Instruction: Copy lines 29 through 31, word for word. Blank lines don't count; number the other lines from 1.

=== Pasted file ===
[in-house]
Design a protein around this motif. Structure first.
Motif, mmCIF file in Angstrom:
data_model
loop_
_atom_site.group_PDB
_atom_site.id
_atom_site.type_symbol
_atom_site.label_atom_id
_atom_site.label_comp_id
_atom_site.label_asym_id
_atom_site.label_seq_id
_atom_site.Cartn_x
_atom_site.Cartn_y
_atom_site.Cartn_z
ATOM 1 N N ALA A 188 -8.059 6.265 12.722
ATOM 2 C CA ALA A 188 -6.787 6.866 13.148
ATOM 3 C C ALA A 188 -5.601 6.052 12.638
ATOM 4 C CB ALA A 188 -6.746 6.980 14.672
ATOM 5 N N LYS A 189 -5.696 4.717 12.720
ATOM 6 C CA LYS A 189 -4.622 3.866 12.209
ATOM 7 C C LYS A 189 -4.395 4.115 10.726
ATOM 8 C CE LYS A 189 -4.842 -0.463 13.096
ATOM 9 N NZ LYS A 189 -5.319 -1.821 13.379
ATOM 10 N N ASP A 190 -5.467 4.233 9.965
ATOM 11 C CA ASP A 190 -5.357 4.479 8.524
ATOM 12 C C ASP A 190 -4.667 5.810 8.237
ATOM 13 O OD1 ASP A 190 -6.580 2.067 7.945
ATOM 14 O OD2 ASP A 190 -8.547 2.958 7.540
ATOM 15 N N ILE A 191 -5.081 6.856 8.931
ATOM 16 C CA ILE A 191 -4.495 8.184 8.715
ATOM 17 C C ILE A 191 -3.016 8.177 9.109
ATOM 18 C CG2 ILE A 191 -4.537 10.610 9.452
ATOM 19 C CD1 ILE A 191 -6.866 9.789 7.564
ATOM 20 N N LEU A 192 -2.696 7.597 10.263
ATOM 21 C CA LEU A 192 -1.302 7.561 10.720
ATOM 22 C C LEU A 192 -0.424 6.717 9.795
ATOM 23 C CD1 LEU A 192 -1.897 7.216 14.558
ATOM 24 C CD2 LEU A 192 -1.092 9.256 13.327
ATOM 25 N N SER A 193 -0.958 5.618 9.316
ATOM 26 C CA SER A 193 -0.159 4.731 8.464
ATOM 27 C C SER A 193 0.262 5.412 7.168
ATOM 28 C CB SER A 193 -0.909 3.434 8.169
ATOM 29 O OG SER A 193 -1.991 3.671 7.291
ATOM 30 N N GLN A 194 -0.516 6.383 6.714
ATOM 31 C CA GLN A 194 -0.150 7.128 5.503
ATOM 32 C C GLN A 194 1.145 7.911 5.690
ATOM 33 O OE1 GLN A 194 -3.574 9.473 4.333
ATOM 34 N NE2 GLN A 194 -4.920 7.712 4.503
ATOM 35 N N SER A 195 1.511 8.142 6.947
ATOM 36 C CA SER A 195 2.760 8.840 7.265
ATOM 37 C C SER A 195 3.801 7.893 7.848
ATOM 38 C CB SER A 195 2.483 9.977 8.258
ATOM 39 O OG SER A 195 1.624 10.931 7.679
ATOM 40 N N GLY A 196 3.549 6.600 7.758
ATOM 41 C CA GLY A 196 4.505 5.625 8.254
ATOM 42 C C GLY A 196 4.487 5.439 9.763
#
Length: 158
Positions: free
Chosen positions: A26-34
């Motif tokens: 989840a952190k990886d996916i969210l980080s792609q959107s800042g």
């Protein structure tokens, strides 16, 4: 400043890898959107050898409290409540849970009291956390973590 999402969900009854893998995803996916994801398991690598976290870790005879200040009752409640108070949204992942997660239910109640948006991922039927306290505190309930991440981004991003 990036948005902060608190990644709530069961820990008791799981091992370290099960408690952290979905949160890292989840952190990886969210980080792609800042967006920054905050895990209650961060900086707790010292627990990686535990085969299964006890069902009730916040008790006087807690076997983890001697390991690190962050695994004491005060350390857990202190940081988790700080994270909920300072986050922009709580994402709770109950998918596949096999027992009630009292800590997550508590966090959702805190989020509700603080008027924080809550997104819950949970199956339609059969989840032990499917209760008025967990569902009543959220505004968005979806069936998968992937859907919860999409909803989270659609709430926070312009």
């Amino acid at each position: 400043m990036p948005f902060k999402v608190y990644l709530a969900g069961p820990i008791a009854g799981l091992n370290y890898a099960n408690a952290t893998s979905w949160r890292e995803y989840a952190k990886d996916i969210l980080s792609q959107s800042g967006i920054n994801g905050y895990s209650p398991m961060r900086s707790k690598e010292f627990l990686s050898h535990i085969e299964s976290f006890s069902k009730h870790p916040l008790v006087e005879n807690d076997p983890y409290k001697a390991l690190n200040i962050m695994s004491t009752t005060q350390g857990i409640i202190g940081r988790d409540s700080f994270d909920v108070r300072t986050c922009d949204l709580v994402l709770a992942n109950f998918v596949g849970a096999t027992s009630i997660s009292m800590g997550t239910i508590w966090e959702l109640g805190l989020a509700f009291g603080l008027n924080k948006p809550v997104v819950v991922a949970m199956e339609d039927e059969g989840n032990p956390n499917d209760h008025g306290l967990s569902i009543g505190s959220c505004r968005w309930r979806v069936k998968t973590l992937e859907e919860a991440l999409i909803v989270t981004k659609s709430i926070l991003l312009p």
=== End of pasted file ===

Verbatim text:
ATOM 14 O OD2 ASP A 190 -8.547 2.958 7.540
ATOM 15 N N ILE A 191 -5.081 6.856 8.931
ATOM 16 C CA ILE A 191 -4.495 8.184 8.715